After waiting patiently to hear when Three Crowns Park residents and staff would receive the first doses of the COVID vaccine, Interim Executive Director Lisa Dye picked up the phone and called Derek Darling. As vice president of strategy, marketing and internal operations of Omnicare, CVS Corporation’s pharmacy benefit manager (PBM), he is one of the people responsible for the distribution and administration of vaccines for long-term care facilities across the country.
“I was afraid we had fallen off the list as it appeared as though every other like community in Evanston had received their vaccination dates in mid-December and we still had not heard anything about dates,” she explained. Ms. Dye learned on Jan. 8 that four teams of clinicians, each with a pharmacist and a technical aide, would arrive the following Tuesday morning to vaccinate staff and residents, including those in independent living quarters.
Guidance from the CDC and the Illinois Department of Public Health (IDPH) has been fluid about what groups are included in Phase 1a. Ms. Dye advocated vaccinating all residents of Three Crowns Park, not just skilled nursing and memory care residents who are clearly included in Phase 1a. Three Crowns staff serves everyone, she explained. “We pushed CVS really hard to vaccinate all residents and all people coming into the building.”
Three Crowns strongly promoted the vaccine, educating residents and staff about its safety and importance and made “Vaccination Day” a festive event by decorating common areas with bunting and balloons and entry ways with curtains of gold streamers. As a result almost all Three Crowns residents and two-thirds of staff members received a first dose of the Pfizer vaccine on Jan 12. A second vaccination clinic is scheduled for Feb 2.
Ms. Dye credits the success of the first vaccination clinic to the leadership and commitment of Phil Hemmer, CEO, and the rest of the Three Crowns staff. “It was an all-staff-on-deck kind of day,” she said.
Resident Henry Kisor said he felt “relieved and hopeful” when he and his wife, Debby, received the vaccine on Jan. 12, after almost a year spent in lockdown. Rita Vickers said the process was well organized, relatively simple and Three Crowns had made it a fun event. “It was like Mardi Gras. The room was decorated; the workers were wonderful; they made it very nice for everyone,” she noted.
Some staff members skipped the vaccine on Jan. 12 for medical reasons such as a compromised autoimmune system or pregnancy, concerns about the vaccine due to misinformation or mistrust of the government or simply because the timing of the clinic was inconvenient. Some staff members, just ending a long shift that afternoon, were deterred by the long line.
Three Crowns is continuing to educate staff members who turned down an early dose. Residents and healthcare workers who did not participate in the first clinic, can be vaccinated during the Feb 2 clinic.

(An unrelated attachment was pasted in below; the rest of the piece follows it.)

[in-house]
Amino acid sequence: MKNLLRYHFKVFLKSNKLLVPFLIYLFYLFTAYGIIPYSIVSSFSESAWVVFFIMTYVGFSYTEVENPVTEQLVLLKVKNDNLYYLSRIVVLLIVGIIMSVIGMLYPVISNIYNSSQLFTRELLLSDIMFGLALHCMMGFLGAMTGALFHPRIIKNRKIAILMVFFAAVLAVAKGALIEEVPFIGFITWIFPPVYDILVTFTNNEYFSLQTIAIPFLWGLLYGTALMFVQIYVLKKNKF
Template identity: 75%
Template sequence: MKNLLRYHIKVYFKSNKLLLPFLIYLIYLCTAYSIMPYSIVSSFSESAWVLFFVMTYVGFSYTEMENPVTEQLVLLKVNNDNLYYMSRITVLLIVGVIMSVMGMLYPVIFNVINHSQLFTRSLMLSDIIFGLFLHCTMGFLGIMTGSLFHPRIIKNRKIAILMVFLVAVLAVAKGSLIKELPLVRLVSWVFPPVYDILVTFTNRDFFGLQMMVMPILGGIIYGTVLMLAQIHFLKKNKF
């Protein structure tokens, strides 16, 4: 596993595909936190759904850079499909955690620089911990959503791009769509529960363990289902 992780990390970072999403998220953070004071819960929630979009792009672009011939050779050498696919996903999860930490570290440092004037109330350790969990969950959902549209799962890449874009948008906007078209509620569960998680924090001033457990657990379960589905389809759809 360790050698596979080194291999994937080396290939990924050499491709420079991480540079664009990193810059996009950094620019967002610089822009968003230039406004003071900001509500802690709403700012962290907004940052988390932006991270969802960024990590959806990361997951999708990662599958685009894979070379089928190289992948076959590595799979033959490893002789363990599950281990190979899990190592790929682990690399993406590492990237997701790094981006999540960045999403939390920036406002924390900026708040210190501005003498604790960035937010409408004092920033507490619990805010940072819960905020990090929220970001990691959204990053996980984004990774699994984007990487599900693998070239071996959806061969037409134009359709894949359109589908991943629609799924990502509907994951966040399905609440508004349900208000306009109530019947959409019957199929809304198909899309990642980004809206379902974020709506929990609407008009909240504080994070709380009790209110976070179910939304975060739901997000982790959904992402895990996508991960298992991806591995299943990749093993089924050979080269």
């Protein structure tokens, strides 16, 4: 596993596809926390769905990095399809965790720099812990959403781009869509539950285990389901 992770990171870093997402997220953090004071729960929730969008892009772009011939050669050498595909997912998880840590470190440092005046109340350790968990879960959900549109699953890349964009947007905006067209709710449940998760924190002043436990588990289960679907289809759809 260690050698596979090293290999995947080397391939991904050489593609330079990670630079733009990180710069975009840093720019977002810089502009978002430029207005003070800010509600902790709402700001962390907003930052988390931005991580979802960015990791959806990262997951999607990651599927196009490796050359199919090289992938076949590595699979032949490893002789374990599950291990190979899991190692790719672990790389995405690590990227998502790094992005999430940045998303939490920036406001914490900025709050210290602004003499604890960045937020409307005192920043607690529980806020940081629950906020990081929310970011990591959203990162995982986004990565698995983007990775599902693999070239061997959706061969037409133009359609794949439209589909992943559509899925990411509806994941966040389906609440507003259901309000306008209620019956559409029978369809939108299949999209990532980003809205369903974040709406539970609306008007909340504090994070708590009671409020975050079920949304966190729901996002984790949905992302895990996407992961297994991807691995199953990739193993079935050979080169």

CVS teams arrived at 9:30 a.m. and administered the first dose at 11 a.m. to Three Crowns’ oldest resident, age 103, who had dressed up for the occasion. The clinic ended at 6:30 p.m.
“It was a very long day, and we were too good a host”, Ms. Dye said good-naturedly. “We take care of people at Three Crowns. We offered the CVS teams food and they took several breaks even while people were waiting in line.”
Ms. Dye suggested having all the necessary paperwork completed and organized beforehand. During the few days between notification and the clinic, vaccine project manager Brooke Burke and other employees collected insurance and health information for each resident and worker, merged this documentation with consent forms and uploaded the files to CVS’s system. This reduced the time necessary to complete paperwork during the clinic, sped up the administrative process on Jan. 12 and increased the number of people who were vaccinated.
Ms. Dye concluded that vaccinating the long-term care community and the public at large “is an enormous endeavor. … When COVID showed up at our door, we didn’t know what we didn’t know. There are so many things to be mindful of.” For example, the Pfizer vaccine requires ultra-cold storage and takes 30 minutes to thaw before use. “There was a constant conversation about how many people were waiting in line and a lot of collaboration between the vaccination team, managers, residents and staff.”
Ms. Dye said she was delighted with the process on Jan. 12 and applauded Three Crowns’ staff throughout the last nine months. “It was not an easy year for staff – to come into an environment to care for residents, knowing there is COVID around and still come and spread joy. … Three Crowns Park is a unique community.”
Mr. Kisor says he believes there is a long slog ahead before the pandemic is over. “We still have to get our second jab of the vaccine on Feb. 2, and then wait a couple of weeks before we reach maximum immunity,“ he explained. He emphasized the need to still mask, social distance and hand wash because “we can still be carriers of the virus.”
He compared this milestone in the fight against the pandemic with the British finally winning a land battle against Germany at El Alamein in 1942, three years after the start of World War II and two years before its conclusion. He quoted from Winston Churchill’s speech after the battle; “Now, this is not the end. It is not even the beginning of the end. But it is, perhaps, the end of the beginning.”